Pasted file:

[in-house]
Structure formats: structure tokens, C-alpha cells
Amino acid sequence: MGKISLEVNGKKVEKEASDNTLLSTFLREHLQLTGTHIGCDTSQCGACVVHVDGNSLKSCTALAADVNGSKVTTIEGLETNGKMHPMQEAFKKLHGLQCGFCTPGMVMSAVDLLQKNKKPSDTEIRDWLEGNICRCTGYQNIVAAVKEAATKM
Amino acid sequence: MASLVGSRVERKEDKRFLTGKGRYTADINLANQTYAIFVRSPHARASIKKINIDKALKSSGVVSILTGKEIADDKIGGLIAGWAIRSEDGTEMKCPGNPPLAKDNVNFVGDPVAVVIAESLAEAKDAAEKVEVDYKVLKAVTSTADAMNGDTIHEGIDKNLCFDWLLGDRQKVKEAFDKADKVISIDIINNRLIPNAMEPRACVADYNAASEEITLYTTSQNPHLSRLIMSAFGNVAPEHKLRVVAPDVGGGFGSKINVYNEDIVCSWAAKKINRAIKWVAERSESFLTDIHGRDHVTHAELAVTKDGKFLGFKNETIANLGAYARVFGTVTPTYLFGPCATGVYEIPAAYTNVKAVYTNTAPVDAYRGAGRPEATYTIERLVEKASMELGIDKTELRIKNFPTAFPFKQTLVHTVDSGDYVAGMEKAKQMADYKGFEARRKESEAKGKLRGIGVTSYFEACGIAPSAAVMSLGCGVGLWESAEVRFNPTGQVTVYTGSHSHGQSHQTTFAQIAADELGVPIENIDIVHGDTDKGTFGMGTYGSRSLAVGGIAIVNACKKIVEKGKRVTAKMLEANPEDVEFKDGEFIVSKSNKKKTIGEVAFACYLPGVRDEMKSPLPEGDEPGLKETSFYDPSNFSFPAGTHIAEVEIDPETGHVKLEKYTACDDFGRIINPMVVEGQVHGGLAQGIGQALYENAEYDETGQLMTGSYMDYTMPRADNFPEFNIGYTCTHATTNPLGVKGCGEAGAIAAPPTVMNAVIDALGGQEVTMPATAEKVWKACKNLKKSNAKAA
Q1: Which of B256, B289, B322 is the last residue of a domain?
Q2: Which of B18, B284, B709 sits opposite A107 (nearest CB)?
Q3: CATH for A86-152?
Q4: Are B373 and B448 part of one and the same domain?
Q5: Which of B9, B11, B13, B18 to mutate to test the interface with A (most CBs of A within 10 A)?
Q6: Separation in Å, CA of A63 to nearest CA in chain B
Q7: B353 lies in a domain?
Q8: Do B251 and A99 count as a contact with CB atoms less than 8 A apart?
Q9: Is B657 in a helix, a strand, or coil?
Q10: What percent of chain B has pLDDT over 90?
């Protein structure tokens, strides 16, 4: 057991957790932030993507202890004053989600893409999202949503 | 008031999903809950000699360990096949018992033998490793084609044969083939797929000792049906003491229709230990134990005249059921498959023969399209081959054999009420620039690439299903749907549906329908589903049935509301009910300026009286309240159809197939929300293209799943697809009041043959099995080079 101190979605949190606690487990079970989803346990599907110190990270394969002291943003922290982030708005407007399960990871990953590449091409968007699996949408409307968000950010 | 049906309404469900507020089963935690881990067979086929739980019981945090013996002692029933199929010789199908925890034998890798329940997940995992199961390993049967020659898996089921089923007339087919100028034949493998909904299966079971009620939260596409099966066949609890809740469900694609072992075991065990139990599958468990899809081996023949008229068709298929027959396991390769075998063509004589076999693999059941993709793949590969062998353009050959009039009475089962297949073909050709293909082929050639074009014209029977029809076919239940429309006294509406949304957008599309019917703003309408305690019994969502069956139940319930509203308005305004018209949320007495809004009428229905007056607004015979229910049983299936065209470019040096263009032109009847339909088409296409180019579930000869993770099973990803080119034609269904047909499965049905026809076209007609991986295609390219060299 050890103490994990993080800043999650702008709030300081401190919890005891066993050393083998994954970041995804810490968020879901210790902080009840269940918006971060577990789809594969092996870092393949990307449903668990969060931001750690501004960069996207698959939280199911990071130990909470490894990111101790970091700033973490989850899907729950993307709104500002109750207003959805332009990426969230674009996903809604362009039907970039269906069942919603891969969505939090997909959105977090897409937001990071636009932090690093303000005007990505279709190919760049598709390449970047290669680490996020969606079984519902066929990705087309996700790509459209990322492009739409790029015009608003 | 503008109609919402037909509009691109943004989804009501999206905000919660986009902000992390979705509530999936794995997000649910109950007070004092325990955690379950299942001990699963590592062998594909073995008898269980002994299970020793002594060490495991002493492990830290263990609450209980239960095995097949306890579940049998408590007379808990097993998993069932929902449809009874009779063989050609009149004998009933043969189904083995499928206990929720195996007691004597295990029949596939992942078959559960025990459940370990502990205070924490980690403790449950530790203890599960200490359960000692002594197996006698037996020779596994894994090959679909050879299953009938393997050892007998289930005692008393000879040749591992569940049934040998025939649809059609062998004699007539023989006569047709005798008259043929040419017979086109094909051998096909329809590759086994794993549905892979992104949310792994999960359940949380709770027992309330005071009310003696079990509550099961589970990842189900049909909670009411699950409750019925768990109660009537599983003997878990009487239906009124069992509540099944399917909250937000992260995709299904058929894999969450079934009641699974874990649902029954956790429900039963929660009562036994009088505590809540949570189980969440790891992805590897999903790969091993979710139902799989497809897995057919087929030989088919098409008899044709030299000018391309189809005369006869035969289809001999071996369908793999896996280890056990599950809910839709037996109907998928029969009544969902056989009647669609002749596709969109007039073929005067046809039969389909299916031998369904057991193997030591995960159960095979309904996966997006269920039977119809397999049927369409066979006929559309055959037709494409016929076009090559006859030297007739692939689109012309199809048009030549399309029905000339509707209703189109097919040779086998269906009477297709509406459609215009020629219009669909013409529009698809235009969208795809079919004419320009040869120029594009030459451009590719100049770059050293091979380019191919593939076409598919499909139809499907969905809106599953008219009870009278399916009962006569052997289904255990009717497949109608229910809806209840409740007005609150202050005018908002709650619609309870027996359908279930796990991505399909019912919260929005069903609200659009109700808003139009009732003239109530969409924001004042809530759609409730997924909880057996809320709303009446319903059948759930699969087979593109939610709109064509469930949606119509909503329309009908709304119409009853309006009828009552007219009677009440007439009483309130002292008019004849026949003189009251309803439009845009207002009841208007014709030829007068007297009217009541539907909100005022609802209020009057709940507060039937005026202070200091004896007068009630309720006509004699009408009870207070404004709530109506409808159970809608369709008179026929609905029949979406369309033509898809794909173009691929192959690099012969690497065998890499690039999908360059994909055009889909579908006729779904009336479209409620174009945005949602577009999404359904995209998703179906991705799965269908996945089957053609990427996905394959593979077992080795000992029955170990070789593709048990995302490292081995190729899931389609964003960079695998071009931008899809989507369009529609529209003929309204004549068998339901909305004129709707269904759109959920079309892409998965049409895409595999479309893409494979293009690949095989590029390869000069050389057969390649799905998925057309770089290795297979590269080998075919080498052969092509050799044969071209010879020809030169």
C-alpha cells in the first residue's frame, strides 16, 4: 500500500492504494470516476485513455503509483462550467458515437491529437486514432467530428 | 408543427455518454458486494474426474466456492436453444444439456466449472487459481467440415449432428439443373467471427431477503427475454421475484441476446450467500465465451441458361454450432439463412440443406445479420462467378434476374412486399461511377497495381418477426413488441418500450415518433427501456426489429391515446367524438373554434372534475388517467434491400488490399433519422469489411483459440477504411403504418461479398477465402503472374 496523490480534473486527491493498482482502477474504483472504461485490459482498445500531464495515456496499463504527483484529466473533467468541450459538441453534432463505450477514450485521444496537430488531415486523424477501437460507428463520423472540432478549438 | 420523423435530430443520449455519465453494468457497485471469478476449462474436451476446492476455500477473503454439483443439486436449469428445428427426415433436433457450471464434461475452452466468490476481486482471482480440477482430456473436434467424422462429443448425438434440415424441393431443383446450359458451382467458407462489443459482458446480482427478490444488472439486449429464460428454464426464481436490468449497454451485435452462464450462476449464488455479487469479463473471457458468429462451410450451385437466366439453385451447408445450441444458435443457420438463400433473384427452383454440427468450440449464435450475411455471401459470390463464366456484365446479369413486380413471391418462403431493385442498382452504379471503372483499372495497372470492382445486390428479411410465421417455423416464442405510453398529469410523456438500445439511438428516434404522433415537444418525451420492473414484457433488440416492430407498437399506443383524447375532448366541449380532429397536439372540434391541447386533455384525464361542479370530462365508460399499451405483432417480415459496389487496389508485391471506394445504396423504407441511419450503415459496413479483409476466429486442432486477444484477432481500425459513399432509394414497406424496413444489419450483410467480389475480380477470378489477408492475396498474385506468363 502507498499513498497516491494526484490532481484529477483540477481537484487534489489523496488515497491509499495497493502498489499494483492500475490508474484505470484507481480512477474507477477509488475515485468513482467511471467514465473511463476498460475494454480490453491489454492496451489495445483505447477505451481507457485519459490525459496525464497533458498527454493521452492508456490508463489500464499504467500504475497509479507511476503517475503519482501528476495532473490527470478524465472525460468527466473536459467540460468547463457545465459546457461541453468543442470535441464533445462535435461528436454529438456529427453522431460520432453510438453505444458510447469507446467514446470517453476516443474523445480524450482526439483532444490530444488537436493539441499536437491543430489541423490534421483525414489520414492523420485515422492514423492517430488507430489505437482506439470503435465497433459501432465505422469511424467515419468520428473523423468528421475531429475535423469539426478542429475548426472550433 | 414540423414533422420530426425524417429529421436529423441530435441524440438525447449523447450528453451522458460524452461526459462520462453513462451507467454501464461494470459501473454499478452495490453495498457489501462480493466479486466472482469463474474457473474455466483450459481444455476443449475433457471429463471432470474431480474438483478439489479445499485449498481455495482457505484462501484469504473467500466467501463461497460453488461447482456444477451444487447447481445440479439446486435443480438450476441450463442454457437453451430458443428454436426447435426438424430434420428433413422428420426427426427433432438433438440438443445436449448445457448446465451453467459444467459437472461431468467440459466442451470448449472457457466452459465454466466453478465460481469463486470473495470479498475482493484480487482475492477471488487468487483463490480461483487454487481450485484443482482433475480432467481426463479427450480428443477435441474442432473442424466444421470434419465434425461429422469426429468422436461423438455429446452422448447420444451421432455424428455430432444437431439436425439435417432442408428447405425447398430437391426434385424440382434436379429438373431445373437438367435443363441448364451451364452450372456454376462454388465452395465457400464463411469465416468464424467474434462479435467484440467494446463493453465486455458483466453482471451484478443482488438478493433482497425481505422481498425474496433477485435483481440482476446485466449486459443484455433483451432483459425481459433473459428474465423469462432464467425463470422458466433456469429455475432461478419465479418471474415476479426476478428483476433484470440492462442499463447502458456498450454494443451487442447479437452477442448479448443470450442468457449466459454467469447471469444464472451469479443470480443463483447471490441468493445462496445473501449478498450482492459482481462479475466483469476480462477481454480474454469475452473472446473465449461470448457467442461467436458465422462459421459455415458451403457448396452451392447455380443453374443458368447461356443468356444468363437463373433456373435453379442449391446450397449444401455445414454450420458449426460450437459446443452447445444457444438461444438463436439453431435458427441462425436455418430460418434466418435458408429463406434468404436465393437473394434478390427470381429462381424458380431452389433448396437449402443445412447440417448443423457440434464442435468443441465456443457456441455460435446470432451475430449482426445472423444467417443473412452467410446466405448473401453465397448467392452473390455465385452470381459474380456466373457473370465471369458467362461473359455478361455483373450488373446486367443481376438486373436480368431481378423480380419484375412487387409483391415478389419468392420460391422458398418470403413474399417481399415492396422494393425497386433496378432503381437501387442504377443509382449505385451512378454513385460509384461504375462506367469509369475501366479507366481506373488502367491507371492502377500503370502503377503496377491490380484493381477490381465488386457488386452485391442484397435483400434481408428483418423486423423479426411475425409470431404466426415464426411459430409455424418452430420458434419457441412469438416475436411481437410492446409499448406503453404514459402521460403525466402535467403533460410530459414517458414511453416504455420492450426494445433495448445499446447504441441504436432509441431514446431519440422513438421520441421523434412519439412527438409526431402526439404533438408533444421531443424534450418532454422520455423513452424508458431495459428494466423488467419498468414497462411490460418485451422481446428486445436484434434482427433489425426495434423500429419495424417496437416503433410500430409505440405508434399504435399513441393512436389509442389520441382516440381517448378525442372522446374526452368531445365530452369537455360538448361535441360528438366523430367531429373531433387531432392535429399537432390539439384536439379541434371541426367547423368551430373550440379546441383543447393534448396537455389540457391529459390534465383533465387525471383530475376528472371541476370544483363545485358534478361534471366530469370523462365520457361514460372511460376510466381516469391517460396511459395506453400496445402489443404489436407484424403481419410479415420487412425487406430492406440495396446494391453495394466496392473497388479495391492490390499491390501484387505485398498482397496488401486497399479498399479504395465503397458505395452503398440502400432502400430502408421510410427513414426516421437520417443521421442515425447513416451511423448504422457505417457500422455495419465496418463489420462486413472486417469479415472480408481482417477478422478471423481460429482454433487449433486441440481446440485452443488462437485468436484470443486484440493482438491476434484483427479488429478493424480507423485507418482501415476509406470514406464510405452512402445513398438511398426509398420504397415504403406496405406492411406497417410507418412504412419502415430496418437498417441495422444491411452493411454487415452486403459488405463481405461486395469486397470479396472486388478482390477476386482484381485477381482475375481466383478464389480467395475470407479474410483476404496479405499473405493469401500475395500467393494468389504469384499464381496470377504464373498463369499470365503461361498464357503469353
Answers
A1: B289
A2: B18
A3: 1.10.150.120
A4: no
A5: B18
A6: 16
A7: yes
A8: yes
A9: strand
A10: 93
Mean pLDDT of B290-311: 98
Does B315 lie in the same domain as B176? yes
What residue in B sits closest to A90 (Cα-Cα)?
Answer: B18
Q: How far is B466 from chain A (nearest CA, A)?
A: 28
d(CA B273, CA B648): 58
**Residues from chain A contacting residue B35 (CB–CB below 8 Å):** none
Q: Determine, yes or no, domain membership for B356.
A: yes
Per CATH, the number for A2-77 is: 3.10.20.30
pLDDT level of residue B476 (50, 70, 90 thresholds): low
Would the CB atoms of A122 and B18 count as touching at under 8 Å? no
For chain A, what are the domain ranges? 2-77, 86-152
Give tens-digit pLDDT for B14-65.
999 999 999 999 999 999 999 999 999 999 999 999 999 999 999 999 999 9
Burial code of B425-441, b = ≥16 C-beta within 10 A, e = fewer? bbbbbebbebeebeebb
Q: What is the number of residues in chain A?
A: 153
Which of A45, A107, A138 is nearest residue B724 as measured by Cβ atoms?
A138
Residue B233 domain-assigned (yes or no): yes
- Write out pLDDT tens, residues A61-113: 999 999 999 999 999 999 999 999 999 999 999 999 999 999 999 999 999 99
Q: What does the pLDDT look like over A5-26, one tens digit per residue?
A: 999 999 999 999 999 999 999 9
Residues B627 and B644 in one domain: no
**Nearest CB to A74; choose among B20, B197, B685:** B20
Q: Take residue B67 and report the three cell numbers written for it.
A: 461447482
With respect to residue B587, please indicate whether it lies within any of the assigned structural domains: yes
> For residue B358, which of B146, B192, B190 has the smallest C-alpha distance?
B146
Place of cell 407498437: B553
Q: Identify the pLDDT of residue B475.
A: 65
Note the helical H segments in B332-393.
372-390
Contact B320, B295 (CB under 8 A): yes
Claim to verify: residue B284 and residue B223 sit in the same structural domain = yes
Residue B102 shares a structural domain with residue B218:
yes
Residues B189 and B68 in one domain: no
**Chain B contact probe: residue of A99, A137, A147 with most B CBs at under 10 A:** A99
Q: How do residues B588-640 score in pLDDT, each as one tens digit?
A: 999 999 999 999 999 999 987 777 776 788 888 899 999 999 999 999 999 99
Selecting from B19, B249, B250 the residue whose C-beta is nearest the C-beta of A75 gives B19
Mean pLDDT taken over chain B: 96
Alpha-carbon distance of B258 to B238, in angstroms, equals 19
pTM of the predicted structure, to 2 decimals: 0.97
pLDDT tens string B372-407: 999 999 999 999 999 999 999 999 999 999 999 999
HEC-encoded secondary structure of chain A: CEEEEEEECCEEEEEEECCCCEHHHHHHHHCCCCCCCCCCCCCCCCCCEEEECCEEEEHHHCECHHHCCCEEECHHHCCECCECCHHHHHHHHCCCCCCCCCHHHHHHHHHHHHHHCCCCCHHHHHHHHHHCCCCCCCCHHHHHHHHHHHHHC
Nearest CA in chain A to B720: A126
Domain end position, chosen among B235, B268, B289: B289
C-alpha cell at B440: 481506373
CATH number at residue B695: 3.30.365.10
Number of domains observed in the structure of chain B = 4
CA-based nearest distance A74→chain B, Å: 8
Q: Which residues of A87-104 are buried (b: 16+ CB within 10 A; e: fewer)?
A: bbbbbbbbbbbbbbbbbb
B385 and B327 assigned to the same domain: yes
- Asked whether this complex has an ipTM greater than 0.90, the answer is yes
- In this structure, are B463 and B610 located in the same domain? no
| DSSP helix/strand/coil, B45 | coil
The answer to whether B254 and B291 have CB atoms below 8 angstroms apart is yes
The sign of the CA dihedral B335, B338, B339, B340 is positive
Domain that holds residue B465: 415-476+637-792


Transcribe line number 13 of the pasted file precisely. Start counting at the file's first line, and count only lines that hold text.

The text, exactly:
Q9: Is B657 in a helix, a strand, or coil?